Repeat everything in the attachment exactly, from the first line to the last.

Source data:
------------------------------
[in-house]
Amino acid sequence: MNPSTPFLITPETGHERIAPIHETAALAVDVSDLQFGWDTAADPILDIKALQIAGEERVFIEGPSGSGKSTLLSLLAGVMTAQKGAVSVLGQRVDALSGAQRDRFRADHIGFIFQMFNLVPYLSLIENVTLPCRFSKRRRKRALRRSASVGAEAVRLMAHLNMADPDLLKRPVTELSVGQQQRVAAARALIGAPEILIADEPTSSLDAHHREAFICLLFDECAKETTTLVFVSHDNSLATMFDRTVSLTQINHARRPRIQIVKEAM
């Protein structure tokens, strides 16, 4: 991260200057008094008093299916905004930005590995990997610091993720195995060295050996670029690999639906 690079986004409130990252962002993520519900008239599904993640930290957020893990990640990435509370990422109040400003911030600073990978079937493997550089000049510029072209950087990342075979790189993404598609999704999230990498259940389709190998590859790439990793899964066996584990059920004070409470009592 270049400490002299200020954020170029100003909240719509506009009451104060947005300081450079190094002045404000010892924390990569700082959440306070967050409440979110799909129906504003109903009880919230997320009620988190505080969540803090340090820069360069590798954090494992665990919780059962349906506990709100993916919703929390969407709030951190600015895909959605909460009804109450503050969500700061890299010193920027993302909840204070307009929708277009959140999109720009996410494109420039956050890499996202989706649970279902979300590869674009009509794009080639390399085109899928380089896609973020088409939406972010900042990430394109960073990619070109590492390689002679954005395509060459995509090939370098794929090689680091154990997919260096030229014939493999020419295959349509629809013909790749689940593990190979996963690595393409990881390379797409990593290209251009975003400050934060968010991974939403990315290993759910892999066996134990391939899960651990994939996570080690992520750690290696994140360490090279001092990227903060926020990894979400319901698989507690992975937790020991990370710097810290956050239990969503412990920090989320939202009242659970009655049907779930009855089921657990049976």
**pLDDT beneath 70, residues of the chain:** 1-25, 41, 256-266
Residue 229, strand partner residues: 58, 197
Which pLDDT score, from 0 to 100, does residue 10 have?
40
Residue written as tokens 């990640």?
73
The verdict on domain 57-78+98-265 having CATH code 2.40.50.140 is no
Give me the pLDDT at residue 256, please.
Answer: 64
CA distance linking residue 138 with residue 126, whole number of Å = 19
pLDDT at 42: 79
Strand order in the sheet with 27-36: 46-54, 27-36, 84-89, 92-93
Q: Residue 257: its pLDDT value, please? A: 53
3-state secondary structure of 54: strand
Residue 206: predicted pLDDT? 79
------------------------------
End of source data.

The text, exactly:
[in-house]
Amino acid sequence: MNPSTPFLITPETGHERIAPIHETAALAVDVSDLQFGWDTAADPILDIKALQIAGEERVFIEGPSGSGKSTLLSLLAGVMTAQKGAVSVLGQRVDALSGAQRDRFRADHIGFIFQMFNLVPYLSLIENVTLPCRFSKRRRKRALRRSASVGAEAVRLMAHLNMADPDLLKRPVTELSVGQQQRVAAARALIGAPEILIADEPTSSLDAHHREAFICLLFDECAKETTTLVFVSHDNSLATMFDRTVSLTQINHARRPRIQIVKEAM
């Protein structure tokens, strides 16, 4: 991260200057008094008093299916905004930005590995990997610091993720195995060295050996670029690999639906 690079986004409130990252962002993520519900008239599904993640930290957020893990990640990435509370990422109040400003911030600073990978079937493997550089000049510029072209950087990342075979790189993404598609999704999230990498259940389709190998590859790439990793899964066996584990059920004070409470009592 270049400490002299200020954020170029100003909240719509506009009451104060947005300081450079190094002045404000010892924390990569700082959440306070967050409440979110799909129906504003109903009880919230997320009620988190505080969540803090340090820069360069590798954090494992665990919780059962349906506990709100993916919703929390969407709030951190600015895909959605909460009804109450503050969500700061890299010193920027993302909840204070307009929708277009959140999109720009996410494109420039956050890499996202989706649970279902979300590869674009009509794009080639390399085109899928380089896609973020088409939406972010900042990430394109960073990619070109590492390689002679954005395509060459995509090939370098794929090689680091154990997919260096030229014939493999020419295959349509629809013909790749689940593990190979996963690595393409990881390379797409990593290209251009975003400050934060968010991974939403990315290993759910892999066996134990391939899960651990994939996570080690992520750690290696994140360490090279001092990227903060926020990894979400319901698989507690992975937790020991990370710097810290956050239990969503412990920090989320939202009242659970009655049907779930009855089921657990049976």
**pLDDT beneath 70, residues of the chain:** 1-25, 41, 256-266
Residue 229, strand partner residues: 58, 197
Which pLDDT score, from 0 to 100, does residue 10 have?
40
Residue written as tokens 């990640």?
73
The verdict on domain 57-78+98-265 having CATH code 2.40.50.140 is no
Give me the pLDDT at residue 256, please.
Answer: 64
CA distance linking residue 138 with residue 126, whole number of Å = 19
pLDDT at 42: 79
Strand order in the sheet with 27-36: 46-54, 27-36, 84-89, 92-93
Q: Residue 257: its pLDDT value, please? A: 53
3-state secondary structure of 54: strand
Residue 206: predicted pLDDT? 79